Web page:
Hummingbirds are predictable.
Hummingbirds will hover in place, leisurely sipping nectar from flowers. Their hunger for sugary ambrosia drives them. In contrast, the other wee birds like sparrows, chickadees, and nuthatches never seem to sit still. They flit and flap and zig and zag. They’re always moving, and it’s hard to anticipate where they’ll jump to next.
What you need to photograph hummingbirds
Knowledge Is Power
Cheesy after-school-special title aside, start by learning about the local hummingbirds. What kinds do you get in your area? What do they like to drink? What flowers are they most drawn to? Do they like birdbaths? Do they like hummingbird feeders?
A good starting place is to Google “hummingbird” and your region’s name. If your state of residence is a large on, like Texas, you might try your town name, county, or region name. Eg: hummingbird northern Texas.
Pretty much all hummingbirds like flowers, tubular flowers in particular. It’s up to you to figure out which ones your local hummers prefer, and either A. plant them in your yard, assuming you’ve one, or B. find a public park or garden that has these flowers.
The feeders can be hit n’ miss, in my limited experience. From what I’ve read, a neighborhood needs to have a lot of ideal plants and/or feeders to draw them on a regular basis. And if they do, they’ll visit your feeder more frequently.
It helps to be in their migration path, as well.
I’ve only ever seen a pair of Broad-Tailed Hummingbirds at mine. They stop by my feeder about once a week or so in spring, and will swing by more frequently in summers when the local yards and gardens get more alluring plants in bloom. However, I know people who get several hummingbirds regularly.
Give feeders a shot. You might have better luck than I have had.
Side note: while the above examples show red dye in the sugar mix, experts now recommend that you don’t add dye. It may actually be harmful to the hummingbirds.
On that note: if you live in an urban area, hang the feeders anyway. We humans have encroached into wildlife’s habitats, and it’s critical for us to encourage them to continue to frequent the area as long as it’s safe to do so, of course, especially for migrant critters like hummingbirds.
OK, so you’ve either scouted out a garden, or have successfully encouraged hummingbirds’ presence in your yard. Spiffy. Next:
Like any other wildlife, they get skiddish when we humans get too close. So, having a a long zoom is going to be critical to getting a decent shot.
You’ll want a lens that can zoom to at least 100mm, though more would be better. This allows you to be a safe distance away, say about 10 feet, and still fill your frame so that you don’t need to crop much.
In this batch of pictures, I used a Pentax DA f4-5.8 55-300mm zoom lens, which is an okay lens. The pictures were taken at 135mm, and I shot these through a window. Kinda cheating, but it allowed me to shoot from 5 feet away.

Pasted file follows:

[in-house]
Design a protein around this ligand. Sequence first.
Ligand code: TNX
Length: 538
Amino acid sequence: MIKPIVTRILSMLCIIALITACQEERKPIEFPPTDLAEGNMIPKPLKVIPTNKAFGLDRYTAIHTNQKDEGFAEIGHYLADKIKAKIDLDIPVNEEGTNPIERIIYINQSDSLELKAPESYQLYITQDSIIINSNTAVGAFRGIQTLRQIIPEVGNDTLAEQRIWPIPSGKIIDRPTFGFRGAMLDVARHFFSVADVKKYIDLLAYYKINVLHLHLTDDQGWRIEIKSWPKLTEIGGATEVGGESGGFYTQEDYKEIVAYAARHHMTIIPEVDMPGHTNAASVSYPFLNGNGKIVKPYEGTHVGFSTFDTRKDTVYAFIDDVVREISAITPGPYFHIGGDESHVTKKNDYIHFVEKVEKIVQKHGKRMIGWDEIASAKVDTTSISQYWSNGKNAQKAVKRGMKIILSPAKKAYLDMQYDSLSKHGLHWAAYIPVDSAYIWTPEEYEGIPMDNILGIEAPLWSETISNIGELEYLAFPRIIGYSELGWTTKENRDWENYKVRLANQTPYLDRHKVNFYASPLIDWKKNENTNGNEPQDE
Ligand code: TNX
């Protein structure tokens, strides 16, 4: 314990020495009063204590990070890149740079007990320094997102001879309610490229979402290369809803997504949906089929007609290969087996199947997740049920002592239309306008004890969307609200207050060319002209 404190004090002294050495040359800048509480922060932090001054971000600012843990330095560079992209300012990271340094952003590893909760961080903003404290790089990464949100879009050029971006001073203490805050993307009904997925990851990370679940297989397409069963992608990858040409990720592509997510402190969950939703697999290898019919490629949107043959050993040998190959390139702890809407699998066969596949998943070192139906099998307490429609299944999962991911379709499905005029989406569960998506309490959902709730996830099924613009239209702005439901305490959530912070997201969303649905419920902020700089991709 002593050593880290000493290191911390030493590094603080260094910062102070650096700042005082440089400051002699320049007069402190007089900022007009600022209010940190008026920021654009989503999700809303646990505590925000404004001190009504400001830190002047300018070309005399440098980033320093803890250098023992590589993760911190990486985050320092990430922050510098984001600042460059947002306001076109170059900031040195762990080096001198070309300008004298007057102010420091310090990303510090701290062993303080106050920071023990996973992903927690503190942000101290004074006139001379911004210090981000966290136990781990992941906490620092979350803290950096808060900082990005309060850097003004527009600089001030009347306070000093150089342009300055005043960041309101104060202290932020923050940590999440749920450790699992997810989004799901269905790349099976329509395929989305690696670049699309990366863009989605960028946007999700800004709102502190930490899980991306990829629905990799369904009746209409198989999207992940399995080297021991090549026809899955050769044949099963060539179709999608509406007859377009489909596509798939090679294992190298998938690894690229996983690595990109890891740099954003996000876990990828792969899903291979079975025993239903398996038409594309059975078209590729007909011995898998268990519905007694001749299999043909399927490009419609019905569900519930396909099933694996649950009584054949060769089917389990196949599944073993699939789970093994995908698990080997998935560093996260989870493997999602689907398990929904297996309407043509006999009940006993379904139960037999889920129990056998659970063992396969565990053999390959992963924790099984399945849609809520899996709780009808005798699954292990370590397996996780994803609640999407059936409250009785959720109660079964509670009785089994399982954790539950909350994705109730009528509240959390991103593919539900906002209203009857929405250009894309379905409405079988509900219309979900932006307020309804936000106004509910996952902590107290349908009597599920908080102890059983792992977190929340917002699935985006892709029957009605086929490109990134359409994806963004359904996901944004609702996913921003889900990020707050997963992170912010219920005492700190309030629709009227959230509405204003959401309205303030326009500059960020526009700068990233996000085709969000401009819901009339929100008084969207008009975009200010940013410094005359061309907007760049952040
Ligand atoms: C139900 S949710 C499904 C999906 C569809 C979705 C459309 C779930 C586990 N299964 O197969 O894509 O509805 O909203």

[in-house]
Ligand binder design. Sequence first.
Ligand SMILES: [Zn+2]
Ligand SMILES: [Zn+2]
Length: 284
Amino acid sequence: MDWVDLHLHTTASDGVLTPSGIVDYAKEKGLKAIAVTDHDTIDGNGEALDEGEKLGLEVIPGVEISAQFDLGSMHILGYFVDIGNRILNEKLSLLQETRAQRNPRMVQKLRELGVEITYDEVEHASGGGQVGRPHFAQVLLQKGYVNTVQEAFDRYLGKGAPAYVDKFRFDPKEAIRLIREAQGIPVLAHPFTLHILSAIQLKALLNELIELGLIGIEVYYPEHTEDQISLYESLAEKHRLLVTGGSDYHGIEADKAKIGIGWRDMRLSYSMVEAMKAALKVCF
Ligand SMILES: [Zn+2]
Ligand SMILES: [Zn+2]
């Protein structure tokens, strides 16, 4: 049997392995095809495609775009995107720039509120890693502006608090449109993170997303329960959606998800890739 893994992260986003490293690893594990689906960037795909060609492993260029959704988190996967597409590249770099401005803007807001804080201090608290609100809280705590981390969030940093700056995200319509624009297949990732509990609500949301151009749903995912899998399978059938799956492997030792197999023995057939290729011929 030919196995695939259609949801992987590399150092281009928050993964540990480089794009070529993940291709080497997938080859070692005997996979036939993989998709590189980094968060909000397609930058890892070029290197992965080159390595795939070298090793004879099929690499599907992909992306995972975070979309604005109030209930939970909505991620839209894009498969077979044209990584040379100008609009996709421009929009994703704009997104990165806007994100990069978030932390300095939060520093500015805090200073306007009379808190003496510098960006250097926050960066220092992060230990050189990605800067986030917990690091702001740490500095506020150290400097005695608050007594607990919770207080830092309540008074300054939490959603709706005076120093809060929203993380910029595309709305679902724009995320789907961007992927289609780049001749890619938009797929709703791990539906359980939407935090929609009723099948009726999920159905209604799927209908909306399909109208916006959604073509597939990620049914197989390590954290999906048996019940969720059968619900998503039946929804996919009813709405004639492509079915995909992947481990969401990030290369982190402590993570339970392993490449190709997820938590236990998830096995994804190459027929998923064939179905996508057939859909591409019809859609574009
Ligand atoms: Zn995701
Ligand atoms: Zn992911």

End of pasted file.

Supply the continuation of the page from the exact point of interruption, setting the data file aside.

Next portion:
Find your backdrop
A pleasing backdrop is critical for any subject, doubly so for birds.
If you set up a feeder, scout out a few possible camera positions in advance, and take a few practice shots. If you get results similar to the tossers I shared (above), moving the feeder a few feet over might be all you need to improve your background.
If you’re lucky enough to have a garden with loads of hummingbird-friendly flowers like honeysuckle, lupines, and petunias, take a few test shots and figure out which spots in your yard will produce a nice backdrop. Remember to move over a few feet here and there; that may be all you need to get a great backdrop.
You’ll likely want to shoot in either AV (aperture priority; A on some cameras) mode or TV mode (shutter priority mode; may be S on some cameras. Depends on your goals.
Pentax dslr cameras have a “TAV” mode which will be useful for the Pentaxians, which combines both aperture and shutter priority; it’s unique to Pentax.
Another option you have is to shoot in Manual mode (M on most cameras).
All dslrs, some point and shoot cameras, and some smartphones have aperture control. I usually aim for a very shallow DOF, to maximize that creamy bokeh (the mooshy soft background – yes, that’s a technical term). To achieve that, you want to open up your aperture. Somewhere between f1.8 and f5.6. The picture in the header was shot at f5.6.
If you want to totally freeze wing action, you’ll need a very fast shutter speed of at least 1/16,000th of a second. As far as I know, there are no cameras on the market capable of hitting that speed.
It is, however, achievable by using fill lights (extra light sources).
For us average photography hobbyists and dabblers, though, we’ll have to make do with 1/1000th to 1/2000th of second. While some cameras can go as high as 1/8000th of a second, it requires ISO to be boosted to the point where the grain is too distracting.
Y’know what? I’m okay with blurred wings. Hummingbirds are so fast that freezing hummingbird wings almost seems artificial. Fake, even. Like they’re stuffed models in a museum.
To me, slightly blurred wings are more realistic.
Play it loose with your ISO; your shutter speed and/or aperture should take priority over ISO. Depending on your light conditions, you might get some grain, especially with higher shutter speeds and bigger apertures.
Most of your pictures will suck.
While hummingbirds are more predictable than the other teeny birds, they do move around quite a bit. You won’t always be able to get great pictures with great backgrounds and foreground. The birds won’t always be in focus. It’ll take practice and patience.
Know that you will have far more tossers than keepers.
After you get the hang of the basics, you can expect to have 1 keeper out of, oh, maybe 50? 100? Somewhere in there. Professional bird photographers have better odds, but that’s because they’re very experienced and understand the birds’ behavior.
Practice a lot! And be patient.
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